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News >  Crime/Public Safety

Police chief suspends anti-crime team, reassigns officers after judge tosses case over false statements

UPDATED: Sat., Dec. 18, 2021

Spokane police Chief Craig Meidl speaks to the media after a law enforcement officer was shot in November. Meidl said Friday he's suspending an office assigned to proactively combat repeat-offender crime after a federal judge found officers provided false statements to affect an arrest in March.   (DAN PELLE/THE SPOKESMAN-REVIEW)
Spokane police Chief Craig Meidl speaks to the media after a law enforcement officer was shot in November. Meidl said Friday he's suspending an office assigned to proactively combat repeat-offender crime after a federal judge found officers provided false statements to affect an arrest in March.  (DAN PELLE/THE SPOKESMAN-REVIEW)
By Emma Epperly and Kip Hill The Spokesman-Review

Spokane Police Chief Craig Meidl has suspended his department’s Police Anti-Crime Team and reassigned all of its officers after a federal judge last week dismissed a drug trafficking case against a Spokane man after determining the statements by his arresting officers were false.

Meidl said the order by Senior U.S. District Court Judge Rosanna Malouf Peterson was among the factors of his decision regarding the PACT team. He has ordered an internal investigation into the activities of the officers.

Peterson dismissed multiple criminal counts against Jody Lee Wallette, that included distribution of the illicit opioid fentanyl. Among the drugs involved in the case were so-called “Mexi-blues,” pills that have killed people and become a focus of drug agents.

She made the decision after suppressing evidence brought forward by Spokane Police Officers Scott Lesser and Winston Brooks. The two officers are part of the anti-crime team that has come under fire by people within and outside the police department because of discrepancies between officers’ notes and official reports.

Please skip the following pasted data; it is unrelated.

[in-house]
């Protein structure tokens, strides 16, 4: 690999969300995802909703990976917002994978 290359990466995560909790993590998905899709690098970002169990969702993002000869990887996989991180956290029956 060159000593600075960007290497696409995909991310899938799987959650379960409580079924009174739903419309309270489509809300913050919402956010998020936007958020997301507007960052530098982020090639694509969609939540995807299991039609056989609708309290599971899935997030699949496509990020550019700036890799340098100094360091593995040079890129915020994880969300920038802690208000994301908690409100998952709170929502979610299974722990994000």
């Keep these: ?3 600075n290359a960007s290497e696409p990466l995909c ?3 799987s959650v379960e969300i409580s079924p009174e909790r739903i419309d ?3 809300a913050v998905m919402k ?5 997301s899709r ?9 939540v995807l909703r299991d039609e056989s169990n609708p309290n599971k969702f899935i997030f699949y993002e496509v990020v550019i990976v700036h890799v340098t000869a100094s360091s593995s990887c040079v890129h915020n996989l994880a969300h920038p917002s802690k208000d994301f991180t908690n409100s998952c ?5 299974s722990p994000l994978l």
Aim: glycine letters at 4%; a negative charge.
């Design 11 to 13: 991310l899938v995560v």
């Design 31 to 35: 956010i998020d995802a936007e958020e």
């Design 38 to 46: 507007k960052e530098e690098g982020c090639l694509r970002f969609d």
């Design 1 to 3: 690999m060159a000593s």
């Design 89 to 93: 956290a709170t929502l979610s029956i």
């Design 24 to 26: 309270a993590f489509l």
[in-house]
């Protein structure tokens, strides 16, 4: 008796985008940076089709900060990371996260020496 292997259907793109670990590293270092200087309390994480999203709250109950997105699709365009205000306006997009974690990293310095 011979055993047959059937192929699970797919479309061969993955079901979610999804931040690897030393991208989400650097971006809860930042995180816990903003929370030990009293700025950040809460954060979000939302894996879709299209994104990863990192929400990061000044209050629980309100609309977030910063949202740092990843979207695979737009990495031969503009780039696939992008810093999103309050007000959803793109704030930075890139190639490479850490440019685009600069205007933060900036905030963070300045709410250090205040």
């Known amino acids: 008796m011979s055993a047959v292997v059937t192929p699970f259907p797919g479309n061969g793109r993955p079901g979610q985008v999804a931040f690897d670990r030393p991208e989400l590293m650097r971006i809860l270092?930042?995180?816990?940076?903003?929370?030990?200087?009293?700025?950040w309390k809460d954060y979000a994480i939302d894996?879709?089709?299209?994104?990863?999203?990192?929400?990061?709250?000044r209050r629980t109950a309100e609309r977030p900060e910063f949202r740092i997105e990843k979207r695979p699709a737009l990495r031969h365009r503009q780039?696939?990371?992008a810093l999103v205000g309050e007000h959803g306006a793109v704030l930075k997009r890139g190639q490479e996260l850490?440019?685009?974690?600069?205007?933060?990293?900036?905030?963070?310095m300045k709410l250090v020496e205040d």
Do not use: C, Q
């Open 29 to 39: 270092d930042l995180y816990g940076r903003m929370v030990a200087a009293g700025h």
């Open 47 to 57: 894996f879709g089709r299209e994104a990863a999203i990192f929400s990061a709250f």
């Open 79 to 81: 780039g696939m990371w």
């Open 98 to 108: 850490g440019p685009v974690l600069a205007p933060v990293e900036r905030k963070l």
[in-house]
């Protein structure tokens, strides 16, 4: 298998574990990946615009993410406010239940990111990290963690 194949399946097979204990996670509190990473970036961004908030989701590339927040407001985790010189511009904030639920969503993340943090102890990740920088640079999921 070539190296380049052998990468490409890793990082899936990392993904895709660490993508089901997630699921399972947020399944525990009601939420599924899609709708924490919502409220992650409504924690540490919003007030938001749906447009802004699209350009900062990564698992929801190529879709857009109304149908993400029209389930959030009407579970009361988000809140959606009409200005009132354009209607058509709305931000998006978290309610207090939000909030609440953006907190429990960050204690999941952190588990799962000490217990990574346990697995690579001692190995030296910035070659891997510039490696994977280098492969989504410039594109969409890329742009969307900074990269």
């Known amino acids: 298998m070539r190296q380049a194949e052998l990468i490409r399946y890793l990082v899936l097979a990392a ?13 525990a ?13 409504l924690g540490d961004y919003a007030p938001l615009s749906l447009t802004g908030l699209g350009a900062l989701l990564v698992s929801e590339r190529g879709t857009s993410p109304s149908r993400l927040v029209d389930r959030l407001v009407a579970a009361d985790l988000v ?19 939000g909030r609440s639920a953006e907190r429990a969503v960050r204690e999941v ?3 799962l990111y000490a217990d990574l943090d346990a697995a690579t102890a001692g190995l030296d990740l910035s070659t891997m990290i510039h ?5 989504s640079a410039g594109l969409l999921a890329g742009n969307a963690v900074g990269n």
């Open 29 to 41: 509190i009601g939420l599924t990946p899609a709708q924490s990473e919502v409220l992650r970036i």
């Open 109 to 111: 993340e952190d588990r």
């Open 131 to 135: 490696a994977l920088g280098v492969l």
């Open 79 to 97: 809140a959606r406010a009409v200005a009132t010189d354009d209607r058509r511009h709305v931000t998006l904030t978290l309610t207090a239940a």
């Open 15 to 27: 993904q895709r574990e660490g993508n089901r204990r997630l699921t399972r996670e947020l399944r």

The 10 or so officers who are members of the PACT will be reassigned to patrol, Meidl said, in part because of Peterson’s ruling, and because the department needs its traffic unit officers back to working collisions.

“When we’re looking at the concerns that were brought forward in this (order), it really reinforced that the landscape has changed, in terms of what officers are able to do and not able to do,” Meidl said.

The court record shows that Lesser used a confidential informant who had been arrested for possessing heroin and methamphetamine to buy fentanyl last February at a northeast Spokane home.

But the phone the informant used to set up the drug purchase using text messages belonged to another person, and Lesser’s partner, Brooks, testified that he identified Wallette at the scene of the drug buy, even though it was dark and the handwritten notes by the officers did not confirm Wallette was at the scene.

A witness later told police that Wallette wasn’t at the drug buy. The evidence in court showed receipts and cellphone data that put Wallette in Bellevue at the time.

“The search affidavits in this case may contain false statements or omissions made with reckless disregard for the truth and the false statements were necessary to the finding of probable cause,” Peterson said.

Lesser had arrested Wallette about 10 days after the arranged drug buy, an arrest Peterson ruled was made without probable cause considering the evidence.

She tossed all evidence in the case collected by Lesser and Brooks, and on Thursday approved a motion to drop all charges against Wallette in the case.

Meidl said the department launched an internal affairs investigation into the arrest and investigation following Peterson’s order. But he repeated that the order was not the sole reason for suspending the PACT, a unit established in 2011 that focuses on pursuing repeat offenders and other serious crimes.

“If this was the only concern we had, this document, we would not be rotating PACT teams back to other positions,” Meidl said.